“I would never have had the career that I had,” he wrote. “I knew my career was going to be too short for me to spend my money on luxury.”

    St-Pierre also revealed financial details of his 2017 comeback against Michael Bisping, which saw St-Pierre return after four years on the shelf to challenge for the middleweight title at UFC 217. St-Pierre ultimately defeated Bisping via third-round submission before exiting from MMA entirely with his health and his legacy intact. It still stands today as one of the cleanest exits for an MMA legend in the sport’s history.

    “There’s a lot of people buried in the desert for much less than what I made for that fight, my friend,” St-Pierre wrote. “For the fight with Michael Bisping, with the pay-per-views, the sponsorship and all that, I made about $10 million. Then in 2019, I got out. I’m very lucky and very privileged that I finished on top. The reality is most fighters finish broke and broken. They hang there too long. They get brain damage. They go broke.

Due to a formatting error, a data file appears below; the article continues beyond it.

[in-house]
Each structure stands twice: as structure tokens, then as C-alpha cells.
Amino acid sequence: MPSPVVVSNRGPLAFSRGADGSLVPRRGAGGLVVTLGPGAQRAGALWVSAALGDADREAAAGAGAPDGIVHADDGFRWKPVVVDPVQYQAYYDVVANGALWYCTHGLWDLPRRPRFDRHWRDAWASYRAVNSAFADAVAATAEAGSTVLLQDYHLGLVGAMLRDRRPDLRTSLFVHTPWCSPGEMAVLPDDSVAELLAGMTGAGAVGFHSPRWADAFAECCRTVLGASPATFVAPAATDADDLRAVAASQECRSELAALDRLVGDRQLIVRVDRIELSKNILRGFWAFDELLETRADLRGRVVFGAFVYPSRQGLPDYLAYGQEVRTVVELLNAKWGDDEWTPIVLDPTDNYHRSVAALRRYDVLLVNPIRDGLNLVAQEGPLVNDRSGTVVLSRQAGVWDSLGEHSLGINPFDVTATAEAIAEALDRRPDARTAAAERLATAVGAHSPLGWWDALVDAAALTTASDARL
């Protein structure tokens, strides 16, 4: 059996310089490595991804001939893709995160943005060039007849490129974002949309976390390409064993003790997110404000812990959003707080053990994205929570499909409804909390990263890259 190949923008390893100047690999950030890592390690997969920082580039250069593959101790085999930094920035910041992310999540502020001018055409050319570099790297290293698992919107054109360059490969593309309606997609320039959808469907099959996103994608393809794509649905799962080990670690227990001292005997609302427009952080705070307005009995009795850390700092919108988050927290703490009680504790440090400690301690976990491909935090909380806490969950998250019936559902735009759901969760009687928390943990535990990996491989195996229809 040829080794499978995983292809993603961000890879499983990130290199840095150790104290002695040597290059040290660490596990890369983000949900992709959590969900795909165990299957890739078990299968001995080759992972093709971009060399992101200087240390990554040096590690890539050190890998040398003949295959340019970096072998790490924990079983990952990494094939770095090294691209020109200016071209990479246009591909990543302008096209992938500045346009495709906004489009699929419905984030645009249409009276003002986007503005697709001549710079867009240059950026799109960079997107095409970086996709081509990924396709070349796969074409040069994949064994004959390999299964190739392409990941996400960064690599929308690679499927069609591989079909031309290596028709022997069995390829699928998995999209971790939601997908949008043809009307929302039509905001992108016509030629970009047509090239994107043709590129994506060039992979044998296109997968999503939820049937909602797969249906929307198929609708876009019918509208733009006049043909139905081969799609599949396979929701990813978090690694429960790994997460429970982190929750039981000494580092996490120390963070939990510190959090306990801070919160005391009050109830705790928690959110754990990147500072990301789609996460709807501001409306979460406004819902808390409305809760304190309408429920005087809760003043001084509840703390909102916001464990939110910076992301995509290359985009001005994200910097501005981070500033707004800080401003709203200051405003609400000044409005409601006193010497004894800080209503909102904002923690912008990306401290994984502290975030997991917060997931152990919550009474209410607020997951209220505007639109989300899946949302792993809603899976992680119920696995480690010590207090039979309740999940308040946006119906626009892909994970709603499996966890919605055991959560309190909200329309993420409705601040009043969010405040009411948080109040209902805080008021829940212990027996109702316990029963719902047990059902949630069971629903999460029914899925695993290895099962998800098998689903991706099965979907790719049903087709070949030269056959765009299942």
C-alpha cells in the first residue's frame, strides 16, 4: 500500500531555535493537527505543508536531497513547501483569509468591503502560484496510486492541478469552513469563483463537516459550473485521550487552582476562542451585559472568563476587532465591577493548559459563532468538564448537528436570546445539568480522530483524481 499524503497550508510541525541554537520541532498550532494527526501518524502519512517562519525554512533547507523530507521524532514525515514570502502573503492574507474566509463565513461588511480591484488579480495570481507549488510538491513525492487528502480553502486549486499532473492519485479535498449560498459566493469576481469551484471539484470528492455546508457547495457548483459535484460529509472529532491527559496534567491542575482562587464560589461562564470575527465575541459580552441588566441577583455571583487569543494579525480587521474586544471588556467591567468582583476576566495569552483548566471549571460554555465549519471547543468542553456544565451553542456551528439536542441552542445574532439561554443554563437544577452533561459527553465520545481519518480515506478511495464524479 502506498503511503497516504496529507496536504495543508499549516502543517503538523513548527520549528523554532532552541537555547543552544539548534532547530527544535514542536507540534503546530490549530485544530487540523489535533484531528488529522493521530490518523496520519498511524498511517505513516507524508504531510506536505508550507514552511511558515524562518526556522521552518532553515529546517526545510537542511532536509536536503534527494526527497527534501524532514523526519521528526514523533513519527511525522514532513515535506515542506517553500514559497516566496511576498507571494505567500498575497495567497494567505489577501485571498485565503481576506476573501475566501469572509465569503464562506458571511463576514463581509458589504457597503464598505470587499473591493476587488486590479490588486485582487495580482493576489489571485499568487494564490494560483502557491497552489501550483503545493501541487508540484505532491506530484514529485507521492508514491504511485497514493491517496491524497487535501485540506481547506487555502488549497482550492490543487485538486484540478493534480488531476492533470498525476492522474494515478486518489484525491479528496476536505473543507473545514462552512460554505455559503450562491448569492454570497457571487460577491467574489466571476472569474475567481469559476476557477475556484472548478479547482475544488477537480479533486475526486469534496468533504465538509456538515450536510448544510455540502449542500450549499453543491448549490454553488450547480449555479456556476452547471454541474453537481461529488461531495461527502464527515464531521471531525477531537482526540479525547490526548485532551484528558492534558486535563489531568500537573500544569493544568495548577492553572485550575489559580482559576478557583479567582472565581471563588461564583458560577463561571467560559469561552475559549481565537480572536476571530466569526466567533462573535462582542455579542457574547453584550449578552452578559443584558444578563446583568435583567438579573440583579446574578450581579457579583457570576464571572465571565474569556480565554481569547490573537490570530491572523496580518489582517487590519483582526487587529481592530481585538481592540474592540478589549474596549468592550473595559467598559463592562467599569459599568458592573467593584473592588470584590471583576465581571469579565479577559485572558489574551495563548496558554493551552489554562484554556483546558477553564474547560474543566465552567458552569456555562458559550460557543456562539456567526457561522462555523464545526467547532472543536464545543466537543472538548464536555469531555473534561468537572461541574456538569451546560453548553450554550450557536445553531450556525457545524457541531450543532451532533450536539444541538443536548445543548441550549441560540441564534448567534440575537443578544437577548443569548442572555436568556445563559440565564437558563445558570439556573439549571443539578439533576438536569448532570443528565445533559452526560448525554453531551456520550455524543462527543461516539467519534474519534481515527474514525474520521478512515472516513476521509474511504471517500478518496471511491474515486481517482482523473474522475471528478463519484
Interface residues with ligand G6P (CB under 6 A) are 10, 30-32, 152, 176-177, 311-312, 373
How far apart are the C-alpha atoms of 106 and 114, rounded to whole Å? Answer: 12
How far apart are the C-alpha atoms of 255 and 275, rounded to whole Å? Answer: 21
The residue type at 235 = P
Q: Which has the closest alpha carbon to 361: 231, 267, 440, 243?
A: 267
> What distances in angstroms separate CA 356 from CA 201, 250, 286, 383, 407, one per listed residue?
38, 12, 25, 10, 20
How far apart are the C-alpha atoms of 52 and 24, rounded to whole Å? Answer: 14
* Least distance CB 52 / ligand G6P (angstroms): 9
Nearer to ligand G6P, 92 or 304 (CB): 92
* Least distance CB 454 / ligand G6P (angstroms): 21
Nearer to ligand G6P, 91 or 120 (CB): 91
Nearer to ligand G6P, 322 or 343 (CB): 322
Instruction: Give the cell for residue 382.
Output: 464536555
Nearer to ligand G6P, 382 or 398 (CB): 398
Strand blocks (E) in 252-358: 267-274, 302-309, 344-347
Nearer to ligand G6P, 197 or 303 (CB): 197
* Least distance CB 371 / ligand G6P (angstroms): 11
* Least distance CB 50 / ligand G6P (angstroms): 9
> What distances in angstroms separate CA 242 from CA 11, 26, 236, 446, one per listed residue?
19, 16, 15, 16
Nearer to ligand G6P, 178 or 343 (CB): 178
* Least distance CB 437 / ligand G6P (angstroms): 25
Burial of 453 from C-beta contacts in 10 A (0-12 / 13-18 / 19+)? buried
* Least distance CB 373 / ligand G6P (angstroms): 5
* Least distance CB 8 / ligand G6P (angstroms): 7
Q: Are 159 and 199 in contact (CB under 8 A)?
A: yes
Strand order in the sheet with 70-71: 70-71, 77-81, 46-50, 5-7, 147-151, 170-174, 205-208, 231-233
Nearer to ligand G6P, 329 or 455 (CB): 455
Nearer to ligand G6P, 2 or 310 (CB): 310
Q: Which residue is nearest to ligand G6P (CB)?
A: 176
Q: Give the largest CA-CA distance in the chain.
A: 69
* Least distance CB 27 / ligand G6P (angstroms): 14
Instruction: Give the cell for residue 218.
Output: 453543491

“I’m very healthy and I’m wealthy. It’s very rare to find someone that hangs up his gloves and finishes on top like this.”

  • #2
    There is no union in the fight game
    That's actually something that the UFC (fighters) might need, I believe.

    I thought about it a couple of days ago when Ngannou tweeted that bit about what they have to do to get money they deserve.

    Since the UFC is essentially running on the NFL, NBA, MLB etc. model.They need some sort of fighter's association to protect the money and interest of the fighters.

    Since it is all in-house, closed door promotions. It's basically like the NFL more than Boxing, so to speak. Despite being a combat sport based company.